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Root 2: Belief in students and families as experts

What this root looks like:

  • Districts and schools release prior teaching or expectations that they are to be the only experts
  • Districts and schools push back against fear that involving the community will result in “bad” decisions
  • Districts and schools welcome student/family interest groups, even if there are many
  • Districts and schools invest in student/family training and leadership development
  • Districts and schools embrace shared decision-making

Root 2 In Action at the School Level: Juana & Rafael’s Story

A K-8 school in urban Rhode Island focuses its engagement on the expertise families have about their children. The school staff seeks and welcomes the expertise of parents in informing what is best for their students from the very beginning of the student’s education journey. As an example, the following vignette describes what enrollment in the school looks like:

Juana, a mother of three, enrolls her youngest child, Rafael, in kindergarten. She completes the required forms and submits them to the school. However, this initial enrollment step is only the launching point for Rafael’s success. Following submitting the required enrollment documents, a team from the school, including Rafael’s assigned teacher, an administrator, and community engagement staff, scheduled a home visit with Juana and her family. Some key conversation points for this initial visit include listening to Juana share about Rafael so that her knowledge and expertise can inform his education experience. The school team invites her to express her hopes, dreams, and the insights she has about Rafael. Staff provide Juana an opportunity to share how Rafael loves to keep up with his older brothers and often tries to imitate the writing and reading homework he sees them work on after school. Staff learn that Rafael enjoys helping his mother with cooking and will be quite talkative with her one-on-one but tends to be more reserved with larger groups of adults and children. The school staff seeks Juana’s experience and understanding to establish how best to ensure Rafael is successful in school. Her descriptions and experiences with Rafael inform the school and his teacher as they plan. They build on Juana’s expertise to provide Rafael with opportunities to grow and achieve over the years. How does this initial home visit reflect the belief in students/families as experts? First, it equalizes the power dynamics- school staff go to neighborhoods and homes of families rather than making families and students come to official offices and buildings where they may not feel as comfortable and confident. The attentive listening conveys that the information Juana shares is essential for Rafael’s development. As the school year unfolds, Juana will participate in conferences where her ongoing input and perspectives are critical to monitoring Rafael’s progress. This consistent engagement with families whose perspectives and knowledge influence decisions leading to student success reflects the belief that families and students themselves have the expertise necessary to create positive outcomes.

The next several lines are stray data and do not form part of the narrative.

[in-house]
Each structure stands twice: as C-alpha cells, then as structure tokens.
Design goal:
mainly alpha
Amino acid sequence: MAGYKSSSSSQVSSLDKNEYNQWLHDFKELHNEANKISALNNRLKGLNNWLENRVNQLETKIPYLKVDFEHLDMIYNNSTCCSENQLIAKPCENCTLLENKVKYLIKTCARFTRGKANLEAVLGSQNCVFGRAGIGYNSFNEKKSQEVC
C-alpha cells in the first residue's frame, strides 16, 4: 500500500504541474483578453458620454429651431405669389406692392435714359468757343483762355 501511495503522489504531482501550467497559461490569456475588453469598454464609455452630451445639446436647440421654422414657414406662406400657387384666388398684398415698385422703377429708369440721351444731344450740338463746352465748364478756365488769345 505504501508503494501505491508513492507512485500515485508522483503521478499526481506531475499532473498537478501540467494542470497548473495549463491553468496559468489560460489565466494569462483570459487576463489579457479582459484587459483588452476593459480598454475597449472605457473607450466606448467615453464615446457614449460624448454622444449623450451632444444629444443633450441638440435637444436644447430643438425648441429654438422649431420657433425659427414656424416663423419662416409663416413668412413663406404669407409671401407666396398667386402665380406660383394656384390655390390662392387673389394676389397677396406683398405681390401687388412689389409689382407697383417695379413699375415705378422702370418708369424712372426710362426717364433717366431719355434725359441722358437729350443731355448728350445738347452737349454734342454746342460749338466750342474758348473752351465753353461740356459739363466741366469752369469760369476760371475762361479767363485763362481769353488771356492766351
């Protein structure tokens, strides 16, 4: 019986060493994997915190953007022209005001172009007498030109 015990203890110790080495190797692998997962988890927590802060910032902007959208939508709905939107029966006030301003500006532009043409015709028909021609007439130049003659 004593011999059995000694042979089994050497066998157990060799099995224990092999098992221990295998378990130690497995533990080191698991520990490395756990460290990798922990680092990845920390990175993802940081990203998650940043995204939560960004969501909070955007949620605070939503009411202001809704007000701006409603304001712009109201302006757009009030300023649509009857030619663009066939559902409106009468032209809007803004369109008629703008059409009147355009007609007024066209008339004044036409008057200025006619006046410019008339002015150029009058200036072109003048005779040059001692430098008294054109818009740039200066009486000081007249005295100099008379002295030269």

Which two descriptions are examples of what Root 2 looks like in practice?

Districts and schools release prior teaching or expectations that they are to be the only experts,


Districts and schools embrace shared decision-making


Districts and schools hire staff for their community engagement skills,


Districts and schools provide for families' and students’ language translation and interpretation needs


Districts and schools welcome student/family interest groups, even if there are many,


Districts and schools prioritize their time and resources toward relationships


Districts and schools understand what “community-friendly” means in their context,


Districts and schools have effective communication and outreach practices


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